We’ll begin our weekly adventure in Washington, which was all abuzz on multiple fronts. President Trump had a busy week, cramming at least five days’ worth of stuff into a holiday-shortened week. The fallout from his orders to separate U.S. troops from their (former?) Kurdish allies climaxed with an overwhelming rebuke by the House, including two-thirds of the chamber’s Republicans. The president did not take it well.

But the foreign policy kerfuffle was merely a sideshow to the main event, as House Democrats continued down the path of the impeachment investigation. That peaked on Thursday when Acting Chief of Staff Mick Mulvaney undercut his boss’ assertion that there was no quid pro quo involving Trump’s request that the Ukrainians investigate former VP Biden and his son.

Trump’s personal attorney, Rudy Giuliani, had another butt-ugly week, what with being fingered as the president’s point man in the shadow foreign policy activities regarding the Ukraine. The man once known as America’s Mayor is having a bad month.

The Democratic presidential candidates gathered in Ohio this week for a three-hour yackfest, with several of the participants homing in on Sen. Elizabeth Warren for a change. We’ll let the NY Times analysis tell you what’s what.

The explosions and fire that destroyed the Philadelphia Energy Solutions refinery in June was most likely caused by the failure of an elbow pipe, according to the U.S. Chemical and Safety Hazard Investigation Board. The pipe had worn to about half the thickness of a credit card, investigators said. The oil refinery was the largest on the East Coast.

A 23-foot Northumberland County Douglas fir will make the ultimate sacrifice in exchange for the honor of being the White House Christmas tree. The tree’s soon-to-be-former owner called it a “most exciting and humbling experience.” The tree, facing its demise at age 16, was not nearly as excited.

Even though he has scaled it back, business leaders still aren’t happy with Governor Wolf’s plan to extend overtime eligibility to thousands more of Pennsylvania workers. His initial proposal would have eventually extended eligibility to 460,000 workers, and the scaled-back plan would limit eligibility to just 82,000. The Democratic controlled Independent Regulatory Review Commission may consider the plan next month.

Republican Sen. David Argall told a gathering of real estate professionals this week that his bipartisan group looking into taxation issues is likely to recommend cutting or eliminating property taxes by raising the sales and income taxes. He said he wants to get recommendations to lawmakers before year-end to avoid having it get caught in election year festivities.

Why does Pennsylvania lead the nation in average student loan debt per resident, with a figure of $36,000? Freshman State Rep. Jennifer O’Mara, a Delaware County Democrat who at age 29 is still paying off her student debt, intends to find out, and it began with a hearing this week by the House Democratic Policy Committee.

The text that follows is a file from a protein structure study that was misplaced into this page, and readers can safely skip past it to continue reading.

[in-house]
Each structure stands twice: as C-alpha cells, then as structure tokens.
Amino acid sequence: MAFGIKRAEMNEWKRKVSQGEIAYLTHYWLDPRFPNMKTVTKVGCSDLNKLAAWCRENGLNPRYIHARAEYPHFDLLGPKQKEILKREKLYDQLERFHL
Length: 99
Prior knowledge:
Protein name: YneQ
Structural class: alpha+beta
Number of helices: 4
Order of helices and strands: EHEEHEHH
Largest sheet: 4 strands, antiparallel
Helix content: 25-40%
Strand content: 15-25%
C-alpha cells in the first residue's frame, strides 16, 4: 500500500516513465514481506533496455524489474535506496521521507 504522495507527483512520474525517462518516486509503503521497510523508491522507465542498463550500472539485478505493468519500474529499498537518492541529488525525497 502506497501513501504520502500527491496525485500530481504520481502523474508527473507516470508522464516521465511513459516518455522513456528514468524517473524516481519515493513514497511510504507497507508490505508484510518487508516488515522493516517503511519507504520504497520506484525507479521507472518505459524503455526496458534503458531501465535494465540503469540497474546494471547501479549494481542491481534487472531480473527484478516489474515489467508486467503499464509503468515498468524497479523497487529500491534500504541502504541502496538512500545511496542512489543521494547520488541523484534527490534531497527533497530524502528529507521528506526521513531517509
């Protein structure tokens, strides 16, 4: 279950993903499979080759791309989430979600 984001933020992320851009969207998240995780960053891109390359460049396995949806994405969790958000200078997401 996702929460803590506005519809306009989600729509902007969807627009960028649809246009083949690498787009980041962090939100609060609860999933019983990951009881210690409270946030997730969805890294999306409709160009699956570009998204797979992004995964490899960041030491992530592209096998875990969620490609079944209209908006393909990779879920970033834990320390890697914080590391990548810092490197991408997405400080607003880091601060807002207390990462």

The relatively nascent Harrisburg University aims to boost its brand awareness by becoming the country’s badass at esports. Who needs a football program anyway? A tip of the Triadvocate cap to HU and President Eric Darr for attracting the attention of the Washington Post.

The PA State System for Higher Education is asking for an additional $100 million over the next five years to help retool the 14-member system by merging some services and support, enhancing online learning and improving technology for students. The system’s enrollment of about 100,000 students is 21,000 fewer than a decade ago, and system officials believe that more online courses will attract more students.

Pennsylvania will become one of the last states to take advantage of a U.S. Supreme Court decision to allow states to collect corporate income taxes from corporations that do business in states, even if they have no offices, employees or property there. Businesses that record at least $500,000 in annual sales will henceforth be required to file tax returns and pony up.

Governor Wolf said thanks, but no thanks to the opportunity to refuse to accept refugees in Pennsylvania. The Trump administration last month issued an order giving state and local governments the authority to turn refugees away, but the governor said they will continue to be welcome here.

A federal tax incentive program passed in 2017 by Republicans in Congress has not proven to be the lifeline for ailing Rust Belt cities such as New Castle, according to a report from Spotlight PA, the new investigative reporting collaboration involving several prominent news organizations.

This week’s installment of We Can’t Make This Up takes us all the way to Japan, where scientists have discovered that painting cows to look like zebras significantly reduced attacks by biting flies and lessened the need to use pesticides. Udderly brilliant.

And that’s what passes for news around here on a suddenly chillier fall Friday. On behalf of your good pals at Triad, have a terrific weekend, and check back in with us next week as lawmakers in both houses return to Harrisburg.